MRSA Colonization in Peripartum Women and Their Offspring

The safety and scientific validity of this study is the responsibility of the study sponsor and investigators. Listing a study does not mean it has been evaluated by the U.S. Federal Government. Read our disclaimer for details. Identifier: NCT00336427
Recruitment Status : Completed
First Posted : June 13, 2006
Last Update Posted : June 13, 2006
Information provided by:
Orlando Regional Medical Center

Brief Summary:
We hypothesize that pregnant women are at baseline risk for carrying community-acquired MRSA, but also have frequent contact with healthcare workers which may put them at risk for hospital-acquired MRSA carriage. Our study aimed to identify the colonization rate of women in active labor and whether transmission to infants may occur.

Condition or disease
Pregnancy Bacterial Colonization

Detailed Description:
Mothers are at risk for carrying MRSA. What this risk is is not known. We have seen a dramatic increase in neonatal intensive care unit MRSA infections. Could mothers transmit MRSA to their newborns if they are asymptomatic carriers? Mothers come into close contact with health care providers, often have other children in daycare (known risk factor) and may have other exposures to MRSA. Our study was designed to sample 300 mother-infant pairs to determine whether MRSA carriage is present in asymptomatic women. The study consisted of obtaining informed consent, then performing a sterile swab of mothers' nares and vaginal area, then babies' nares and umbilicus once the baby was born.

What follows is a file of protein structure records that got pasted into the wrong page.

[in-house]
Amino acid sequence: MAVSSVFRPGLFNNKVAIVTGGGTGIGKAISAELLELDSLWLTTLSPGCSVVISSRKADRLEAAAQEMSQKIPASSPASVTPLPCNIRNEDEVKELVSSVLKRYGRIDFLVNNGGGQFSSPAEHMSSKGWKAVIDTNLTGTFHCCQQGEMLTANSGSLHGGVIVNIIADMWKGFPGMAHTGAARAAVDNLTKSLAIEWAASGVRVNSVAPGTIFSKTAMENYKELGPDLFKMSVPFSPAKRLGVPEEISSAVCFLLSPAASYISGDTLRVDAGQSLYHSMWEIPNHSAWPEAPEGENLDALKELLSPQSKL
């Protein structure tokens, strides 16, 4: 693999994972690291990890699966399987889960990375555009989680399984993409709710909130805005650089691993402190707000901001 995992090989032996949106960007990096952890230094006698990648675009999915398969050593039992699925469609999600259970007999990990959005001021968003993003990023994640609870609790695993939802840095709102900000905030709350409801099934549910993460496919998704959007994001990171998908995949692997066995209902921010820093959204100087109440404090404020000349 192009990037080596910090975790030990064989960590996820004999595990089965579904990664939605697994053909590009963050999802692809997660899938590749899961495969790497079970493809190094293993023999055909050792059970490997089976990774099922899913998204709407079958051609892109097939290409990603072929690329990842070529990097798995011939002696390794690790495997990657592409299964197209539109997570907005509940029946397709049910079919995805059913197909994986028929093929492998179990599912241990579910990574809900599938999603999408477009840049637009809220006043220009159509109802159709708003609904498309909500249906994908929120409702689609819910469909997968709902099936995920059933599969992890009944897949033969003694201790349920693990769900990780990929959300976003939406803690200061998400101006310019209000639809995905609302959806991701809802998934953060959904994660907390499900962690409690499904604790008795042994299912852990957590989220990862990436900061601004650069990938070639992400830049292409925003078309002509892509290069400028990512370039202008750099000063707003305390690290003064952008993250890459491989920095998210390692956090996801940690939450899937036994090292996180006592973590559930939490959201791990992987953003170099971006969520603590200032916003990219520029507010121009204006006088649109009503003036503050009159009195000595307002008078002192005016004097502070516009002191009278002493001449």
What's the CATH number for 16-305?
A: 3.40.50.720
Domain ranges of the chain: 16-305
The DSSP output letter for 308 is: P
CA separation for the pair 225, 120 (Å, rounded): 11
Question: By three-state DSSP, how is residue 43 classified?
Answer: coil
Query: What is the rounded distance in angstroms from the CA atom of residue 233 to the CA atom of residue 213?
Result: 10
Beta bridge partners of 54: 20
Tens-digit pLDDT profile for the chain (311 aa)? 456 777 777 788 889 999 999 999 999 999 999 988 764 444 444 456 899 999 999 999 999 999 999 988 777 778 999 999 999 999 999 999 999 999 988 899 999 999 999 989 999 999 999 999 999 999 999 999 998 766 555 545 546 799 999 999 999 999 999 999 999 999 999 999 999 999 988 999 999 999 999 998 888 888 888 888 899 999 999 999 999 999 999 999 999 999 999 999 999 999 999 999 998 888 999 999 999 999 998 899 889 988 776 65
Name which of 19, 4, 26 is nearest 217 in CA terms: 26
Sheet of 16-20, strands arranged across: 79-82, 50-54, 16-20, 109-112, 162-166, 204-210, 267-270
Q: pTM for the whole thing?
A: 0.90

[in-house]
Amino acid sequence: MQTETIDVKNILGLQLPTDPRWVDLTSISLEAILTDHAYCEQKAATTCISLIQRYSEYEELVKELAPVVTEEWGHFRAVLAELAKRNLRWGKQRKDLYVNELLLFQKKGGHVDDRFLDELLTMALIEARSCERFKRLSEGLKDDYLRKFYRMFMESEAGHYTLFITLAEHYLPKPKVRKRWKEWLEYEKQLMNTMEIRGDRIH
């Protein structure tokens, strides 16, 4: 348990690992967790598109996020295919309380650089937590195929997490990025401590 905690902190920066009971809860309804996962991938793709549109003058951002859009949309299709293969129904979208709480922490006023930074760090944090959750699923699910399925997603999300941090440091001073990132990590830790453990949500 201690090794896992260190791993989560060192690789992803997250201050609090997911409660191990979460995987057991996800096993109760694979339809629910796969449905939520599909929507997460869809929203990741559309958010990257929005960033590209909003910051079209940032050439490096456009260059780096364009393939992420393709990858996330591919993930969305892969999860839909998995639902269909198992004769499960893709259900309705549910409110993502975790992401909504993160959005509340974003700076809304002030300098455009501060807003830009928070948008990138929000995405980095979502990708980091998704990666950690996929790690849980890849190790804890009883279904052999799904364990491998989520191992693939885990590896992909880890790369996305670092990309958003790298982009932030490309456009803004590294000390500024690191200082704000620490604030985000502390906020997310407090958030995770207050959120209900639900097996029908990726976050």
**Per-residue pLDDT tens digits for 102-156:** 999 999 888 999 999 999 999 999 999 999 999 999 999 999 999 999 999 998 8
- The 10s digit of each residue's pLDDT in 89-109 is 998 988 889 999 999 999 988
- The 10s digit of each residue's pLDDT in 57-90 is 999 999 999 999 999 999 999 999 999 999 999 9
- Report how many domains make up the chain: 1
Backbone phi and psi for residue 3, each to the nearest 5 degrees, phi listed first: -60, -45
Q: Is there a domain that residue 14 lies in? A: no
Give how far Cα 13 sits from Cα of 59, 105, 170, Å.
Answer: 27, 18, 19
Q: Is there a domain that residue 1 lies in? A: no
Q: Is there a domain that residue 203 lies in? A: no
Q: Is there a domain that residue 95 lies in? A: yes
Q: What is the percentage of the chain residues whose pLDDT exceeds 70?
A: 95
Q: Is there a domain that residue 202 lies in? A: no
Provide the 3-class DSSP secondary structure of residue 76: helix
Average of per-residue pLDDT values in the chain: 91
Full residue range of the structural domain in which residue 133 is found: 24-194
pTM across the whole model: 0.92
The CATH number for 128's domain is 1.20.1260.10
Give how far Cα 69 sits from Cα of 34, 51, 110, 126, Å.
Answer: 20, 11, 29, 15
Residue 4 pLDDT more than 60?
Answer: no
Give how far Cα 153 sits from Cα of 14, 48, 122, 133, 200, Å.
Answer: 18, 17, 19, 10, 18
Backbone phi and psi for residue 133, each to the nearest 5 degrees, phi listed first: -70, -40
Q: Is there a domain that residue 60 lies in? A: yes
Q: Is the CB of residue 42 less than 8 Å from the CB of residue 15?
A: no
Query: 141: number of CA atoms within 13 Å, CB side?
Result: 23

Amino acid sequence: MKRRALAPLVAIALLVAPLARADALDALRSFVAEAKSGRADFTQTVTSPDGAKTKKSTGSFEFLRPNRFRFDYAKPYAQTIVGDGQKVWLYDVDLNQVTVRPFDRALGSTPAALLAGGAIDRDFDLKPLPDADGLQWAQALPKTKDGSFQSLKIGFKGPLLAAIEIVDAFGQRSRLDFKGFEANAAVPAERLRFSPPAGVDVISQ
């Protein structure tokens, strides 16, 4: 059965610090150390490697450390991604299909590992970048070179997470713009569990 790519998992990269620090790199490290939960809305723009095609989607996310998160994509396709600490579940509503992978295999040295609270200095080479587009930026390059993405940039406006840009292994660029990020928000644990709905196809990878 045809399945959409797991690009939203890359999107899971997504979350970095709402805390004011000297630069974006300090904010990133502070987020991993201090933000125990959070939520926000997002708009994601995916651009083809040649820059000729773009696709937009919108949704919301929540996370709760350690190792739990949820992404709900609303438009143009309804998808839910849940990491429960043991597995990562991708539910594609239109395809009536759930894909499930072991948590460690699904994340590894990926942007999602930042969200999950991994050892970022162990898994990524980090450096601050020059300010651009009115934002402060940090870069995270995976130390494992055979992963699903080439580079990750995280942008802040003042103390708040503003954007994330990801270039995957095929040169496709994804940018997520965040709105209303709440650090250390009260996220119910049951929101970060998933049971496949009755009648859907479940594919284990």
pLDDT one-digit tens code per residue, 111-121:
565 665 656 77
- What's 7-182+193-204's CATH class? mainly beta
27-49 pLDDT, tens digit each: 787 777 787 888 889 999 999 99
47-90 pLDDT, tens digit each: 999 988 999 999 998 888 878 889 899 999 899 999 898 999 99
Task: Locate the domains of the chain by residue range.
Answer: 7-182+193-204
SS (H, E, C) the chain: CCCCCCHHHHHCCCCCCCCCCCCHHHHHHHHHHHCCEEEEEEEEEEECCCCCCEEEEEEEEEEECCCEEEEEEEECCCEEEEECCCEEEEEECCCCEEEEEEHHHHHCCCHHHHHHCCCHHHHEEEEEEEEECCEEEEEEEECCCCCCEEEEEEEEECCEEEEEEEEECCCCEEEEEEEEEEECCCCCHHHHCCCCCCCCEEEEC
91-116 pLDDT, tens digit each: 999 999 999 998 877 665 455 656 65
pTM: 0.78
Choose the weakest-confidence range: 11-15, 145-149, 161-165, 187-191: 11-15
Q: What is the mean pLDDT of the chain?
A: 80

Study Type : Observational
Enrollment : 600 participants
Allocation: Random Sample
Primary Purpose: Screening
Time Perspective: Cross-Sectional
Time Perspective: Prospective
Official Title: A Prospective Study of MRSA Colonization in Peripartum Women and Their Offspring
Study Start Date : September 2005
Study Completion Date : May 2006

Information from the National Library of Medicine

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Ages Eligible for Study:   Child, Adult, Older Adult
Sexes Eligible for Study:   Female
Accepts Healthy Volunteers:   Yes

Inclusion Criteria:

  • Singleton pregnancy expected to deliver next 24 hours

Exclusion Criteria:

  • Cesarean sections

Information from the National Library of Medicine

To learn more about this study, you or your doctor may contact the study research staff using the contact information provided by the sponsor.

Please refer to this study by its identifier (NCT number): NCT00336427

Sponsors and Collaborators
Orlando Regional Medical Center
Principal Investigator: Margret G Reusch, MD ORMC Identifier: NCT00336427     History of Changes
Other Study ID Numbers: ORMC-MRSA-Pregnancy
First Posted: June 13, 2006    Key Record Dates
Last Update Posted: June 13, 2006
Last Verified: May 2006

Keywords provided by Orlando Regional Medical Center: